Culture of Neurosis

[April 2, 2011] 

On an average day at a digital agency you can barely count to 10 before someone announces, “The schedule’s really tight for this project…” If you’re new to the business, you might think this was an occasional complaint, the result of unforeseeable circumstances. In time, however, you can’t fail to notice the command performance this phrase, or one of its variants, makes at every kickoff meeting.

Whether accompanied by ritual eye-rolling, forehead slapping or knowing clicks of the tongue, talk of tight time lines is so much a part of agency culture, I have to wonder why this phenomenon is so little examined. Considering upper management—both client-side and agency-side—is still dominated by Generation Six Sigma, you might expect that process-control teams would have set things right long ago.

Since improbably short project schedules are in fact the rule, I suspect they can only be an outgrowth of the many addictive behaviors common to agency culture, including:

• Badge of Honor Bonding

When the camaraderie of working “under fire” becomes an addictive end in itself

• Adrenaline Stoking

The “flight or fight” panicky high that kicks in when a project seems lost. And what puts a project in greater jeopardy than impossible deadlines?

• Kiss Me I’m a Hero Syndrome
  When bored and dangerously insecure executives plan and precipitate
an artificial crisis so they can “save the day” and earn phony visionary  
 status (Trust me, you haven’t lived until you’ve seen this in action).

Turning our strength against us. 
Adding to the ferocity of these addictive behaviors is the persistent American delusion that people deliver their best work under extreme pressure. Perhaps a hangover from the glory days of World War II, when our ancestors cranked up industrial production to unheard of levels, this belief colors every aspect of our corporate life.

“Get tough and get results,” growls this dehumanizing refrain, part of the rumbling thunder that sets the stage for a perfect storm of bad scheduling decisions.

Once addiction to these and similar delusional states takes hold in an agency, conditions for disaster build inexorably. Perhaps the most common storm seeder, procrastination, gains force from its fraternal twin, perfectionism.

“We can’t kickoff yet. The client, the client’s CEO and the partner agency haven’t weighed in. Besides, we still need the September numbers, the revised brand guidelines, the updated metrics…and I’m just not crazy about the sweater that focus group moderator is wearing.”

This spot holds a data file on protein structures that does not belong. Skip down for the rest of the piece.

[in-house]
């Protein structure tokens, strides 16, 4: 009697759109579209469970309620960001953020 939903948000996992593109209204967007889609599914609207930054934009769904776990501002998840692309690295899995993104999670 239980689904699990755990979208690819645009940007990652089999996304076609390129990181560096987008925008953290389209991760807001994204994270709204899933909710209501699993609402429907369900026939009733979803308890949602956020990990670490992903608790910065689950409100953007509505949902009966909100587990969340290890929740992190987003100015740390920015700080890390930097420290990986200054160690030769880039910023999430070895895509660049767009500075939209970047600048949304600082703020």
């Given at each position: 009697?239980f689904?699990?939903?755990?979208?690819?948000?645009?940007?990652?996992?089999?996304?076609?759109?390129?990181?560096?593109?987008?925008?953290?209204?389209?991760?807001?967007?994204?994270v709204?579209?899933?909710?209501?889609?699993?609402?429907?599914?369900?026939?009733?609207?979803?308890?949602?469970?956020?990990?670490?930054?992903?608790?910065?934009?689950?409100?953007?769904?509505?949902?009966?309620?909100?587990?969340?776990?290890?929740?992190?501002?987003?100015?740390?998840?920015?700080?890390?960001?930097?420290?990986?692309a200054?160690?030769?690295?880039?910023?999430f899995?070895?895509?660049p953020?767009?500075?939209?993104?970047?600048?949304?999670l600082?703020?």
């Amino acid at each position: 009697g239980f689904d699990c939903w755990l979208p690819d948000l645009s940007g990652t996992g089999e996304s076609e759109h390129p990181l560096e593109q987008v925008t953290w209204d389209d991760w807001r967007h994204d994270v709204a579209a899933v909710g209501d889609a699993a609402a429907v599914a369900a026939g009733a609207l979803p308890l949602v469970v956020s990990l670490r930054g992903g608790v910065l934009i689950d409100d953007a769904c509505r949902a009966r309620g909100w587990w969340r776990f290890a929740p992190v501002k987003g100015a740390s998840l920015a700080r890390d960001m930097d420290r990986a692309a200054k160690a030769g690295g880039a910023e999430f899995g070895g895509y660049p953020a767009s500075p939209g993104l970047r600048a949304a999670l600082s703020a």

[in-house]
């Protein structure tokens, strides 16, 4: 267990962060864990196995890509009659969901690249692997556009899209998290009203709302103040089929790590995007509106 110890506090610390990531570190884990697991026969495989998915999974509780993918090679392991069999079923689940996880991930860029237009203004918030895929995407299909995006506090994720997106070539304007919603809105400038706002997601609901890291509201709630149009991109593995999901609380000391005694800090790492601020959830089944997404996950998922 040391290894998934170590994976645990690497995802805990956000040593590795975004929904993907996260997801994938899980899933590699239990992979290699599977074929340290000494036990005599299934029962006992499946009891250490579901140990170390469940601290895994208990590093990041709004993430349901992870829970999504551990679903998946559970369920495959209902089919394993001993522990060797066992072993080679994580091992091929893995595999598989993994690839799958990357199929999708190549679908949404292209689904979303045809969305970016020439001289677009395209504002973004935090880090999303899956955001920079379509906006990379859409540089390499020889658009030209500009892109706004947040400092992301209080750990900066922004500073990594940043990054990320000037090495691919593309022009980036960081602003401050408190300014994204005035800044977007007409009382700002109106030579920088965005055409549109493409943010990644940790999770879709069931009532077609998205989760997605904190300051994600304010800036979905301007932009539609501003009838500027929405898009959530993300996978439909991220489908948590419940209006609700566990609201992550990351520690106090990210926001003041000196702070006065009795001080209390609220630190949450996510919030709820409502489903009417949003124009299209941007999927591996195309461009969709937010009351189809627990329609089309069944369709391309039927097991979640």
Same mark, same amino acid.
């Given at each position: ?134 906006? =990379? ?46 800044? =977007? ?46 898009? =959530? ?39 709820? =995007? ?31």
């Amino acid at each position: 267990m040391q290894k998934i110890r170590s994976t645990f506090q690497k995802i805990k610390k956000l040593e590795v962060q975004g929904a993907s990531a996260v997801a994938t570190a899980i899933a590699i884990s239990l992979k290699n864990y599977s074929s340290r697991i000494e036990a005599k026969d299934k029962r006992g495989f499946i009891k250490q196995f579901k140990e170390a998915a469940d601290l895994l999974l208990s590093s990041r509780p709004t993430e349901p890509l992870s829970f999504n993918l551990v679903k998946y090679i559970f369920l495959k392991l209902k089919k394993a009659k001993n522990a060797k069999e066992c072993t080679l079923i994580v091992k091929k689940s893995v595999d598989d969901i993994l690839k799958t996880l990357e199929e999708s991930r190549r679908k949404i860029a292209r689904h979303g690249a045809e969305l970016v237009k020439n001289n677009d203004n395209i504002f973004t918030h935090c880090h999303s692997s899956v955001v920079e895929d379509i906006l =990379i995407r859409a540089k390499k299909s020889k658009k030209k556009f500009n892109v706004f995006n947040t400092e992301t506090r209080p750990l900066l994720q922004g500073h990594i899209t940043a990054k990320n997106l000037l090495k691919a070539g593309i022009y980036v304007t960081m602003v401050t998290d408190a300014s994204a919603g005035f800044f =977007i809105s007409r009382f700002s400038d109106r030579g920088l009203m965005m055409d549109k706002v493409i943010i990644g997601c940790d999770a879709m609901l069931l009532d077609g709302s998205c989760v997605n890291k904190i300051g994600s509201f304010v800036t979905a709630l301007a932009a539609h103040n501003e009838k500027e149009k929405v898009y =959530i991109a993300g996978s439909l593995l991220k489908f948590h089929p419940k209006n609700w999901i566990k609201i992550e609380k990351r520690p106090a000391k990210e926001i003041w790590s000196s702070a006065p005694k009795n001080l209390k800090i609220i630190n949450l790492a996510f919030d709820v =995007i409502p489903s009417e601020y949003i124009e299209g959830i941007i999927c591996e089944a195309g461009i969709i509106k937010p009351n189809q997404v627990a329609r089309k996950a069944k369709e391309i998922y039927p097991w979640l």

And when, blinded by anxiety, the project leader kicks off with a time-deficit of three weeks, you can already see the clouds gathering on the horizon—and feel the buzz of high-wire danger coursing through your veins. Thrilling, ain’t it?

Er…I mean, “What a shame, isn’t it always the way?”

The spectre of addiction.
So we stay up until 4:30 am, making edits to the edits of the edits in a desperate attempt to adopt another perfectionist tweak and another and another until, at last, at the precise moment a glimmer of light appears at the end of the tunnel….

The Shadow Stakeholder appears.

The Shadow Stakeholder is a classic shape-shifter, appearing now as a smug, overseas partner, now as the disgruntled COO of the client’s parent company, now as a hard-as-nails Account Director with “standards,” now as a wide-eyed Creative guru whose every concept revolves around b-roll…lots and lots of b-roll.

From then on, hold on to your hat, or your head, if it’s still nailed down. The schedule? The budget? The Shadow Stakeholder will hear none of it. With a dismissive wave of the hand, you land smack in the middle of Round 19, clutching tattered scraps of the Big Idea that was everybody’s baby only hours before.

And in that moment, the perfect storm hits with vein-quaking intensity, shattering life plans and grinding creative talent into a fine powder of sickening compromise.

“Yo, we can do this,” goes the stoic rallying cry, “if we pull together and work smarter.”

Now, with your colleagues in this altered state, you’d have to be a fool to suggest that working smarter is the very thing that would have made this frenzied moment unnecessary. And yes, it’s always unnecessary—starting from the moment we realize the toll our neuroses take on ourselves, our profits and the public perception of our industry.


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Mark Laporta

Writer, Creative Consultant
New York, NY




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